- Is it meaningful that a psychometric test suggests that a prisoner has improved after treatment?
- Are community sanctions experienced as being lenient?
- Does experience in the criminal justice system undermine self-control in youths?
- Should we invest in more electronic monitoring?
- An interesting new resource is the focus at the Centre on critical perspective on justice and inequality. They are hosting a series on criminological and sociolegal dimensions of anti-Black racism, Indigenous peoples, and settler colonialism.
- At the time of publication of the e-Newlsetter they will have had two presenters:
- Dr. Yanilda María González (Assistant Professor of Public Policy at the Harvard Kennedy School) presented research on race, policing and democratization in Latin America.
- Dr. Ayodele Akenroye (Postdoctoral Fellow at the Centre for Criminology and Sociolegal Studies) explored how new digital technologies, particularly videoconferencing technology, are radically changing the social landscape in which the judge as authoritative and the court as legitimate are stripped bare and subject to further interrogation. Videos of the presentation are linked to YouTube on their website.
5. COVID Resources
- A recent article from the Journal of Public Health on prison-led contact tracing to prevent outbreaks of COVID-19 in prisons in Ireland documents an excellent partnership approach. As we begin to think of our response to the pandemic as a marathon, contact tracing is an important contributor to the long-term management strategy for COVID in both the community and in prisons. This article provides not only a roadmap for implementing such a program but also the results in the Irish Prison Service.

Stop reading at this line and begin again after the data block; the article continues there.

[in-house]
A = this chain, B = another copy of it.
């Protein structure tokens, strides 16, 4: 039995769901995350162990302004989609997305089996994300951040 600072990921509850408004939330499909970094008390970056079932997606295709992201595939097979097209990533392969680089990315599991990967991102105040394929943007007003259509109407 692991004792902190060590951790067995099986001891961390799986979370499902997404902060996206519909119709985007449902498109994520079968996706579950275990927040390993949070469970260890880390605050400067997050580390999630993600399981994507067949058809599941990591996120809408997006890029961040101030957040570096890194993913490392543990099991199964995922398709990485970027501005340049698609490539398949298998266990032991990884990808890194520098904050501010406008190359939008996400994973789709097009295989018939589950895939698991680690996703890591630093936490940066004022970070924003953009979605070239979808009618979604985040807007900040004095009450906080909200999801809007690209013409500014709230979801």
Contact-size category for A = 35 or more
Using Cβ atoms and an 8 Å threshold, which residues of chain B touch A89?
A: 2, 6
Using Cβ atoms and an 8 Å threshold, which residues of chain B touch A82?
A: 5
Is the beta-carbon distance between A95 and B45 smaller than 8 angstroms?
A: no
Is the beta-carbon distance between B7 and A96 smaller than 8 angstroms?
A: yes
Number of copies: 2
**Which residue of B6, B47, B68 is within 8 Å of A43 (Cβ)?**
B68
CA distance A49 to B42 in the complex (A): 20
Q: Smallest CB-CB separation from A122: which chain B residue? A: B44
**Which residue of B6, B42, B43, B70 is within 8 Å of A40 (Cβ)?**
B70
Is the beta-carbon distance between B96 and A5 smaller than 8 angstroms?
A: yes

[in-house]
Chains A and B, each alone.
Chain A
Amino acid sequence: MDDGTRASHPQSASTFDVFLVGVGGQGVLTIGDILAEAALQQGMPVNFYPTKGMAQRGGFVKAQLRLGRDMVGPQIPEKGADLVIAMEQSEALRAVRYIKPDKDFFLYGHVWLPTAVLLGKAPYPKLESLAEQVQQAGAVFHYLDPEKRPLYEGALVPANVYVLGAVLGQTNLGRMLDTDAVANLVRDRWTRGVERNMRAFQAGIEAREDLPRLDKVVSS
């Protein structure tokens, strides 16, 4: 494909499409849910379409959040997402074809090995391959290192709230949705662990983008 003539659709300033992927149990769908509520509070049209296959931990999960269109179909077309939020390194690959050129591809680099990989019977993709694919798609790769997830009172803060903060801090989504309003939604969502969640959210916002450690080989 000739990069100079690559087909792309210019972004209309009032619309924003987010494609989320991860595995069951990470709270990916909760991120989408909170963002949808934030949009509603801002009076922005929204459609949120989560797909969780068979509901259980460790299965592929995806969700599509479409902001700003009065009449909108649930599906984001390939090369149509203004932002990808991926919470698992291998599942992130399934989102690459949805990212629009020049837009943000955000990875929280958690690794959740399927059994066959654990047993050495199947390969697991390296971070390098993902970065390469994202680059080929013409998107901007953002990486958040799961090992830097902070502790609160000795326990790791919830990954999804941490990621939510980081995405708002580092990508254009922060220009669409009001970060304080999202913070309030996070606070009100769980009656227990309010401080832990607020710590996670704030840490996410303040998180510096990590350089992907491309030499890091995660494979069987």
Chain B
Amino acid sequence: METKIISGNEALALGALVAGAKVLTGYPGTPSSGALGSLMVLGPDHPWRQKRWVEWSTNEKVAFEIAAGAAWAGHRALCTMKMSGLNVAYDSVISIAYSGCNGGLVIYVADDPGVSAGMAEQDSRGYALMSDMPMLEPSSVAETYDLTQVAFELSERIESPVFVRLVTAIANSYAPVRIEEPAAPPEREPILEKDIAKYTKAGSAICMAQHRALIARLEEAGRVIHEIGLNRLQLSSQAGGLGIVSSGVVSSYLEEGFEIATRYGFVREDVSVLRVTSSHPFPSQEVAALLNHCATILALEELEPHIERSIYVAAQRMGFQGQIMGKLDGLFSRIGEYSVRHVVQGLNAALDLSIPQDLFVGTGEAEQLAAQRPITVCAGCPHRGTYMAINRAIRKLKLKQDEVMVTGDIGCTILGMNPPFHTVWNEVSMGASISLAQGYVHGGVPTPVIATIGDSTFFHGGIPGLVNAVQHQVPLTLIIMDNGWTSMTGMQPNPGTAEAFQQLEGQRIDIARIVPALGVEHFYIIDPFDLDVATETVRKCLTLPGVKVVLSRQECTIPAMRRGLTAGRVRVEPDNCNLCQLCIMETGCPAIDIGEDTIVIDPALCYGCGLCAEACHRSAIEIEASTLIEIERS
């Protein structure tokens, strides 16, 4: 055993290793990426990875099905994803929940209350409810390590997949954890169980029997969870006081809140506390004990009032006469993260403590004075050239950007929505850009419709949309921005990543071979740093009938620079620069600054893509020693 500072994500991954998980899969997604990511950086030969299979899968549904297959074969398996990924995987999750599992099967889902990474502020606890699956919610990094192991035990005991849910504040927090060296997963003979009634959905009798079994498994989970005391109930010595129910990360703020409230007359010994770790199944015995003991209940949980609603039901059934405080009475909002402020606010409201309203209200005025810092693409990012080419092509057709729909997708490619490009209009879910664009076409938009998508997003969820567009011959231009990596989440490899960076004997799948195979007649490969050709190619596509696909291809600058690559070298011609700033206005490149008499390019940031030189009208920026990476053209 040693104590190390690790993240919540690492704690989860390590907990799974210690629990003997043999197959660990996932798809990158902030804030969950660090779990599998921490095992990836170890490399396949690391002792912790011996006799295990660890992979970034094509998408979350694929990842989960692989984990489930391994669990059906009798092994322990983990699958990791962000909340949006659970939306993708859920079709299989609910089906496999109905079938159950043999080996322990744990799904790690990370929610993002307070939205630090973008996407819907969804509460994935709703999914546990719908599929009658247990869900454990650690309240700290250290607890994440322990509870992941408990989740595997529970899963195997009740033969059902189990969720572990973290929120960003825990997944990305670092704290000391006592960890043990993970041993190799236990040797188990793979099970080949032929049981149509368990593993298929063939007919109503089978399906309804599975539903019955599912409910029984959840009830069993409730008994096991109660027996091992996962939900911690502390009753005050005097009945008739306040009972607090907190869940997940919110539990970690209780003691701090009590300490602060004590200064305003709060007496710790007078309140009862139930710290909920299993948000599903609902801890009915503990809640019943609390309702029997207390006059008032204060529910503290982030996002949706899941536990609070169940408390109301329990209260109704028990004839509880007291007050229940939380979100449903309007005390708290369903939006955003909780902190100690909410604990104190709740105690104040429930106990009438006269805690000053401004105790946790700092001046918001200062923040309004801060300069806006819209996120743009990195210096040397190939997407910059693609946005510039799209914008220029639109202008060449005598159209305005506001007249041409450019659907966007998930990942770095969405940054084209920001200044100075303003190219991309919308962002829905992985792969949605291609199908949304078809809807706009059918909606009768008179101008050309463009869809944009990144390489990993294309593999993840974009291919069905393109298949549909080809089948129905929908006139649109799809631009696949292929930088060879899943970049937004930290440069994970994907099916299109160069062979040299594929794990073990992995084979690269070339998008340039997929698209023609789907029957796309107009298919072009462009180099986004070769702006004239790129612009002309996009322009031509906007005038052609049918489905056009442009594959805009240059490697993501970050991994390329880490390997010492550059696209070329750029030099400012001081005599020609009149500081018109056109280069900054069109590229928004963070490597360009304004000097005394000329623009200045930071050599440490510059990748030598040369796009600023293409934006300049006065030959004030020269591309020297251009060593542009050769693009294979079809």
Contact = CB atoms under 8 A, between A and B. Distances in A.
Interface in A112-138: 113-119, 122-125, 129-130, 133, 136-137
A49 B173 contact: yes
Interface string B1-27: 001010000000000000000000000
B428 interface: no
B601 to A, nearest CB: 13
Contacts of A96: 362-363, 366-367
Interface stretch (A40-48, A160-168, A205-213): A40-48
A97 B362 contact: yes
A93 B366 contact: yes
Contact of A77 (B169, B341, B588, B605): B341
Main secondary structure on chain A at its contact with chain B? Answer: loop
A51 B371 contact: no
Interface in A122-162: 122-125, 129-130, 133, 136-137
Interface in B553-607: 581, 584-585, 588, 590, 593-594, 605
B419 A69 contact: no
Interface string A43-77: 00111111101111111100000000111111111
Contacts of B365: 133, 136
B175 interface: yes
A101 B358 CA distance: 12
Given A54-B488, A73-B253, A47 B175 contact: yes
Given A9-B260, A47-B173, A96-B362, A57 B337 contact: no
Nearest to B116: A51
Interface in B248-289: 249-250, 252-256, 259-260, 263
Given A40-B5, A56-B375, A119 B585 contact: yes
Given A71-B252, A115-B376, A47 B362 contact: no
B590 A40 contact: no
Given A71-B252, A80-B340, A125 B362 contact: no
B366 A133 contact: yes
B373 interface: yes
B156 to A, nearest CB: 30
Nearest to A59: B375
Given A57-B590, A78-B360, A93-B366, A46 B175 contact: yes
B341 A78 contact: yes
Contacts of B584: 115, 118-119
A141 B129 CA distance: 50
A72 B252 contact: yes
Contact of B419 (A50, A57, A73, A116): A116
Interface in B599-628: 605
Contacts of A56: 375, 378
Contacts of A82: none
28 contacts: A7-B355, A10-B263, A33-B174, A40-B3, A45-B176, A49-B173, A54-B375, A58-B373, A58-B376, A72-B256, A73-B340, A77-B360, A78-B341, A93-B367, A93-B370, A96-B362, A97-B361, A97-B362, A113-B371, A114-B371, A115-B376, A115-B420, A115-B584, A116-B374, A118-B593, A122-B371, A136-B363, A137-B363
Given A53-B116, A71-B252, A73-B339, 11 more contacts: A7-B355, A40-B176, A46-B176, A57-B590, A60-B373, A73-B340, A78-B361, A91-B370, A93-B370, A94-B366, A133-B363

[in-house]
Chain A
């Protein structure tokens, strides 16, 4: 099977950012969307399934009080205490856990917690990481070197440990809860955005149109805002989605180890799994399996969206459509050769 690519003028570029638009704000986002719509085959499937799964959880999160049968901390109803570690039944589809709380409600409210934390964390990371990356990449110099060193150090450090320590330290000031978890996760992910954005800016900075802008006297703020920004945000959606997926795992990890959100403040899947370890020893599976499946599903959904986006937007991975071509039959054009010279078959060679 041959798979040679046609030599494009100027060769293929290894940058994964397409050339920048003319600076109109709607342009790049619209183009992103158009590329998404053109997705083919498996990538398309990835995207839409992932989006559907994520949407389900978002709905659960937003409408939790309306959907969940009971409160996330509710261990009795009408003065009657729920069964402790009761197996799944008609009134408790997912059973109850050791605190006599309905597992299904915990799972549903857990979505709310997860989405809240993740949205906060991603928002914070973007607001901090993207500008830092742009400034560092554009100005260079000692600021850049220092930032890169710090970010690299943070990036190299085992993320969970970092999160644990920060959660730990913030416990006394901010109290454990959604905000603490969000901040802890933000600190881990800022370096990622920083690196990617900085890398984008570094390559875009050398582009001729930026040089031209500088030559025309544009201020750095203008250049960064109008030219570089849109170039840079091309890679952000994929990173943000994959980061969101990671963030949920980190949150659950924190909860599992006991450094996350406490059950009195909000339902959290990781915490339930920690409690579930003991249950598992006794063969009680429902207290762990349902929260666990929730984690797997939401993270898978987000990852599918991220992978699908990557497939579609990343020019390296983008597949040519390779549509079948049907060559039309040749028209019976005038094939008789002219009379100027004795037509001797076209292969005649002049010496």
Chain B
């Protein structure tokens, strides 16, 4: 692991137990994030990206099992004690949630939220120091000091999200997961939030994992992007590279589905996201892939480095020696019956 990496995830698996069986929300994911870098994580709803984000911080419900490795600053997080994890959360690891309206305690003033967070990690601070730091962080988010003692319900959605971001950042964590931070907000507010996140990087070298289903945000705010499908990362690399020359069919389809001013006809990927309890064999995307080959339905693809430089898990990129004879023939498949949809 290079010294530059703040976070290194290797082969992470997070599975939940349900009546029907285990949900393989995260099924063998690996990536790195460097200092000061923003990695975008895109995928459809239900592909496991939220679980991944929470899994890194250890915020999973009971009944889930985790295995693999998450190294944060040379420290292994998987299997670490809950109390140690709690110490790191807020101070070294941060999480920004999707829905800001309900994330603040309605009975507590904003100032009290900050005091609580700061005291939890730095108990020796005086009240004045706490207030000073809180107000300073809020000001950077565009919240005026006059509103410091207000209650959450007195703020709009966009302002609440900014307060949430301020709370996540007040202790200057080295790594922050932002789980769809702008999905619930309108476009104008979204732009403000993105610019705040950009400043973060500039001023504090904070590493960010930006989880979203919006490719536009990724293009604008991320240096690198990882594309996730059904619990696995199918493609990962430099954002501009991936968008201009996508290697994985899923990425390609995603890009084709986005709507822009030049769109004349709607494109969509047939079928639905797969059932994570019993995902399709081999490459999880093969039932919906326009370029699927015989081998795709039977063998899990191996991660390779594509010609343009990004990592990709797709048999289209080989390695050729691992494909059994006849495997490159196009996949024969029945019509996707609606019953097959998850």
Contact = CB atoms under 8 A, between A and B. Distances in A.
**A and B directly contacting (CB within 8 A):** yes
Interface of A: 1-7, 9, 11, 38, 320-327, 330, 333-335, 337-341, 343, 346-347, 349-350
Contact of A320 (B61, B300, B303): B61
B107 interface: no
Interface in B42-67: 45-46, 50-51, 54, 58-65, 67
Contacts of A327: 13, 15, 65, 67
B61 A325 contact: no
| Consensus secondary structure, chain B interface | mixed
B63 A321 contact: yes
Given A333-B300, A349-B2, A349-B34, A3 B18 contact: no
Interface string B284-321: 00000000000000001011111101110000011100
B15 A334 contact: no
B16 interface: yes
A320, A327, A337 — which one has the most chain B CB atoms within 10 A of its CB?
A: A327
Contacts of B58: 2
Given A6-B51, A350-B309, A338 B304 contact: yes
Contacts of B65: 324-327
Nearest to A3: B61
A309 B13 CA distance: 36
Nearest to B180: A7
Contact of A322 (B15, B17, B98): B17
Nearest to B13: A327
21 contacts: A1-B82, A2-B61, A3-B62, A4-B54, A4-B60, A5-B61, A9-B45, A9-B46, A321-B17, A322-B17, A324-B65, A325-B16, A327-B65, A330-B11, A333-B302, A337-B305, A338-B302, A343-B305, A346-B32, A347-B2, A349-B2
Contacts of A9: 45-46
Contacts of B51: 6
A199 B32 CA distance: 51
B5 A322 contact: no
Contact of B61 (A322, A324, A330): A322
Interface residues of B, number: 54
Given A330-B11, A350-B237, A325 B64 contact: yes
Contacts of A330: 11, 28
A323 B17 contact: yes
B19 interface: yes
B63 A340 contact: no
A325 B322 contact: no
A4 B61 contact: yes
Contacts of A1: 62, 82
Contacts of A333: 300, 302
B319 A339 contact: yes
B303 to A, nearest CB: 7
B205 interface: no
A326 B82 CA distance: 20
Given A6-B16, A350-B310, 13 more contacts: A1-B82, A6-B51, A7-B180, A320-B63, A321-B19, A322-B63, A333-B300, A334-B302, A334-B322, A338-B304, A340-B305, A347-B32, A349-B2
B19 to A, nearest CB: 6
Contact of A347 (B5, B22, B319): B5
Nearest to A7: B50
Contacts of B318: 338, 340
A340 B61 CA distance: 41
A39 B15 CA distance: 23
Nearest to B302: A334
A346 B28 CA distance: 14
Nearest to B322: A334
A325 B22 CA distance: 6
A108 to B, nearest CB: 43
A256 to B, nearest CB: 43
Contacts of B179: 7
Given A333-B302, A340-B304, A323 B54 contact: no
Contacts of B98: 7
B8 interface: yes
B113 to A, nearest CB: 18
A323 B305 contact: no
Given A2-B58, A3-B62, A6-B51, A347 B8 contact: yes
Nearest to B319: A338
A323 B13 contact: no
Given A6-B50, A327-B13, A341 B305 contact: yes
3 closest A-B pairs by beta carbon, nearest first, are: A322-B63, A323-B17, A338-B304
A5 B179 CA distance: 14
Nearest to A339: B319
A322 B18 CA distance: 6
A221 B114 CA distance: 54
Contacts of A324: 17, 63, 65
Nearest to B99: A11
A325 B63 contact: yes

Conclusion: “A partnership approach involving community public health expertise, QI (quality improvement) input and support and prison resources can provide an effective mechanism for contact tracing of COVID-19 cases within the vulnerable prison setting. As countries look to explore alternatives to stringent social distancing measures, in-prison CTTs (contact tracing teams) offer a potential solution to the significant resource burden of implementing contact tracing in prisons and other PPDs (prescribed places of detention).”
- Prison Policy Initiative published a recent study, Mass Incarceration, COVID-19, and Community Spread, which compared population density of incarcerated people in U.S. counties to the growth in COVID-19 cases in those counties over the summer of 2020. Comparisons were made of the impact on county caseloads from prison and jail populations in nearby counties. The highlights of the findings include:
- “At the county level: Over the summer of 2020, large prisons and jail populations within nonmetro counties (i.e., rural areas or those with small cities) directly contributed to higher COVID-19 caseloads in those counties.
- At the regional level: COVID-19 caseloads grew much more quickly over the summer among counties in greater economic areas containing large prisons and jails.
- At the national level: Mass incarceration led to more than half a million additional COVID-19 cases nationwide—or about 1 in 8 of all new cases—over the summer, including cases both inside and outside correctional facilities.”
These results can provide the impetus to take more action to 1) reduce populations within places of detention and 2)take other measures to prevent the spread of the virus, e.g., vaccinations available for prisoners based on the community equivalency.